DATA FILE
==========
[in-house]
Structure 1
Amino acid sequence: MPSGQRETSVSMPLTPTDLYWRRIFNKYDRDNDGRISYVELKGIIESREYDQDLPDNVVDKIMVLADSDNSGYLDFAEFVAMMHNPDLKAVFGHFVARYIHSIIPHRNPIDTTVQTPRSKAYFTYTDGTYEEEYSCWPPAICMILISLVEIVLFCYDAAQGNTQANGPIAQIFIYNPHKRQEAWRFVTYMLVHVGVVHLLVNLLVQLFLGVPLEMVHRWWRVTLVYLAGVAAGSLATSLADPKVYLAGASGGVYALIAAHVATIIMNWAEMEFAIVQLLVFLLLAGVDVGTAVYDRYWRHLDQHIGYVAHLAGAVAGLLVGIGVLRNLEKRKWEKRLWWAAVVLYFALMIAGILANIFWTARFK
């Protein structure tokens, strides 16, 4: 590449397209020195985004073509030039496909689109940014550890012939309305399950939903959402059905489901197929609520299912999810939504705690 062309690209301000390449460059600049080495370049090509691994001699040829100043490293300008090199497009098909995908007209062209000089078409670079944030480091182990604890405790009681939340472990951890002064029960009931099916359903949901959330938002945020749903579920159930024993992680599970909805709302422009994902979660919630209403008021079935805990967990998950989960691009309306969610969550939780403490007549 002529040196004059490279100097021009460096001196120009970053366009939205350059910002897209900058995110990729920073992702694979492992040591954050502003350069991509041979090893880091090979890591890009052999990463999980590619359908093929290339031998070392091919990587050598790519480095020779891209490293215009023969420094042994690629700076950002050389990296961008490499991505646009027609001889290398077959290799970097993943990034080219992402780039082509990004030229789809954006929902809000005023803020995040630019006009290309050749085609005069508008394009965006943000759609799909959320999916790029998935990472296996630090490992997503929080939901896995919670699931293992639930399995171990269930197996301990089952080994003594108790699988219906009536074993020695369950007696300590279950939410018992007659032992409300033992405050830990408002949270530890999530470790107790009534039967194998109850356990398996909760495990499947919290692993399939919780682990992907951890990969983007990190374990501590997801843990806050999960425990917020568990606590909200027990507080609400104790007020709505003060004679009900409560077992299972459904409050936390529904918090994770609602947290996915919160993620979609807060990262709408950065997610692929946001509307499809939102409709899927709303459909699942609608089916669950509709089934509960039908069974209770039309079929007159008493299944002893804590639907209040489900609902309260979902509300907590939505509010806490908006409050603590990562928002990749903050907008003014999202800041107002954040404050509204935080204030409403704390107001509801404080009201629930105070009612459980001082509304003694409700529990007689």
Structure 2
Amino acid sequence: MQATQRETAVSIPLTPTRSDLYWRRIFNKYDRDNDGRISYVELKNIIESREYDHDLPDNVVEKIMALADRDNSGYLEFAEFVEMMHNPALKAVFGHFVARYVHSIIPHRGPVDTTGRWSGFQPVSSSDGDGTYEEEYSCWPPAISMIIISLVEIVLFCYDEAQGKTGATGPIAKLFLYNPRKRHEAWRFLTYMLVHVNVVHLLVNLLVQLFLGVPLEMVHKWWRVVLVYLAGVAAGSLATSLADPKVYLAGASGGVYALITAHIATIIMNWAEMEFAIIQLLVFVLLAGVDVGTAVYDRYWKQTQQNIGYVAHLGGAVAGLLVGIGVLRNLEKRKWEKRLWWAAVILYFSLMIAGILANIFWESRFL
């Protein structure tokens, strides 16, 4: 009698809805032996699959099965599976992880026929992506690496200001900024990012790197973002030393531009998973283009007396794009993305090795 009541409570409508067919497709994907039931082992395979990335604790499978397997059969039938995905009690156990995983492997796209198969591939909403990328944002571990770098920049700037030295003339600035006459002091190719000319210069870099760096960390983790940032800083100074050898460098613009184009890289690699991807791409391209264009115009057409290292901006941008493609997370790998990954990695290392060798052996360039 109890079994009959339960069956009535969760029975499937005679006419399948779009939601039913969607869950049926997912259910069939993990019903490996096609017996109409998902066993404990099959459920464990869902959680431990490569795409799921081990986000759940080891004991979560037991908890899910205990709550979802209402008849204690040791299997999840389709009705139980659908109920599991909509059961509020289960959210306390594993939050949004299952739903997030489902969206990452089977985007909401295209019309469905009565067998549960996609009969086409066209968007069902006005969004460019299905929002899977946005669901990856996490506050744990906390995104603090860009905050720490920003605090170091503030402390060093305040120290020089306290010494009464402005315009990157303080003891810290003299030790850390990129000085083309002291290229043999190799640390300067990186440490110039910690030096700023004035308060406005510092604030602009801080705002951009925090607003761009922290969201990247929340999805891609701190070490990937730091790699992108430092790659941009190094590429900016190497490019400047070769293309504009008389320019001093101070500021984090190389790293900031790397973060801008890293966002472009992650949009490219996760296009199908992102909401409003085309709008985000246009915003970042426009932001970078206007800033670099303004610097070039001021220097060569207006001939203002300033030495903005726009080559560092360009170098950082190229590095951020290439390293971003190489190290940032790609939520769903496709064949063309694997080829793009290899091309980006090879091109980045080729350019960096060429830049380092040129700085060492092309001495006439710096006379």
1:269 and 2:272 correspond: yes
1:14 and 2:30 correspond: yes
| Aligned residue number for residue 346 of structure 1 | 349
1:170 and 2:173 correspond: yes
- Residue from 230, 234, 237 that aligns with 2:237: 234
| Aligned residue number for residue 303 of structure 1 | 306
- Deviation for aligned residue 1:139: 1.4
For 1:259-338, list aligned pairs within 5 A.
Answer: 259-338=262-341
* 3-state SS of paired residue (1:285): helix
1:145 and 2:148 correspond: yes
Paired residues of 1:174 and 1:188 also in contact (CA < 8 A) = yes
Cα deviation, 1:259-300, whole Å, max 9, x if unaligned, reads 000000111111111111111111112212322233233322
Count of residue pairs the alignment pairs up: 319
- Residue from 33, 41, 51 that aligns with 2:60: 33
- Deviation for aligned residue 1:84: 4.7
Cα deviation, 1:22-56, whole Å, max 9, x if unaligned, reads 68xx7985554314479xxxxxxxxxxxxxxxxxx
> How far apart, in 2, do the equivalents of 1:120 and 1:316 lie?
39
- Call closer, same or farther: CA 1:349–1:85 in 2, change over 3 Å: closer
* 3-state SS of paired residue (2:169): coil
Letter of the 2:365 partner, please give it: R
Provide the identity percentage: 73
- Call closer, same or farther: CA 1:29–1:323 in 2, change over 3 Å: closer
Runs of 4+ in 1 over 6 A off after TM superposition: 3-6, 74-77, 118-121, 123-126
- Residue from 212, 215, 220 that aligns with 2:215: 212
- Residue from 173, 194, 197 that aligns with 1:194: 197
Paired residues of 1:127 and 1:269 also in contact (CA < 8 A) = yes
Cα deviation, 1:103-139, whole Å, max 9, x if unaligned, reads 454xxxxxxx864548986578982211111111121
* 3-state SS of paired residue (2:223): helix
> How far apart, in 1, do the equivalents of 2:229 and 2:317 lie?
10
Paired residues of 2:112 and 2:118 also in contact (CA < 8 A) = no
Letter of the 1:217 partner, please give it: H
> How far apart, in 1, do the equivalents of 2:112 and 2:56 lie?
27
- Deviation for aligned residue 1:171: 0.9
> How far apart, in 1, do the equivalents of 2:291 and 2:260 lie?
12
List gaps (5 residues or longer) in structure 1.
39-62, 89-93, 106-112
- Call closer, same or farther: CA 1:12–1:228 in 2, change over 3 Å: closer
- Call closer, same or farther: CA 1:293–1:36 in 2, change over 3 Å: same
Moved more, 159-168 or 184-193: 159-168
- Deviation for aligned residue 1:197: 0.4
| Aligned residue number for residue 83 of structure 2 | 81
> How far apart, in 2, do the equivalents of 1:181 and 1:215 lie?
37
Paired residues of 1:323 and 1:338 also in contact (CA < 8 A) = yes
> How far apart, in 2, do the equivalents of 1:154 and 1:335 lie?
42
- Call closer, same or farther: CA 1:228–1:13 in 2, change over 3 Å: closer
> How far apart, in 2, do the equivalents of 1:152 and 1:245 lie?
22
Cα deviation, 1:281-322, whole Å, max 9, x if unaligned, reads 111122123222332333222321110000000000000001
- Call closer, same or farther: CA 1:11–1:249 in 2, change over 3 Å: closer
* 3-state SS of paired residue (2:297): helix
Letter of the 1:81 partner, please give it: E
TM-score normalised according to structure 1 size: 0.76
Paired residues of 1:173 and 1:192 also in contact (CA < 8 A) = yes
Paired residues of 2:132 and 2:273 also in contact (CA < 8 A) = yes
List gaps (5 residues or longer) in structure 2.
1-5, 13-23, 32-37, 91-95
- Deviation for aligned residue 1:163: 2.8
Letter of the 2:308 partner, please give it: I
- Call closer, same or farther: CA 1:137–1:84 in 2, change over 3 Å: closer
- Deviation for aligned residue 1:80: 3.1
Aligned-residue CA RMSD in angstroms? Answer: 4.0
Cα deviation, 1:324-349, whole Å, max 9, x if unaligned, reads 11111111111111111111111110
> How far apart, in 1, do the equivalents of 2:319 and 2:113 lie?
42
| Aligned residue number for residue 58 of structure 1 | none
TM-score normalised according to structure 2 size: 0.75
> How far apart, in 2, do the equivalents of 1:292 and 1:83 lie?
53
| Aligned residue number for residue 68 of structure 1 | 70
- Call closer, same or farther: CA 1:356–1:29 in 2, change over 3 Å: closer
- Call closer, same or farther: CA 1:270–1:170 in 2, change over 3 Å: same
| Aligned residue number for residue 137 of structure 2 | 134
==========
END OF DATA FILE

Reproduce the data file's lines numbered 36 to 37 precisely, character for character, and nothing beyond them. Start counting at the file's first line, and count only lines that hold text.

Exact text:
Cα deviation, 1:103-139, whole Å, max 9, x if unaligned, reads 454xxxxxxx864548986578982211111111121
* 3-state SS of paired residue (2:223): helix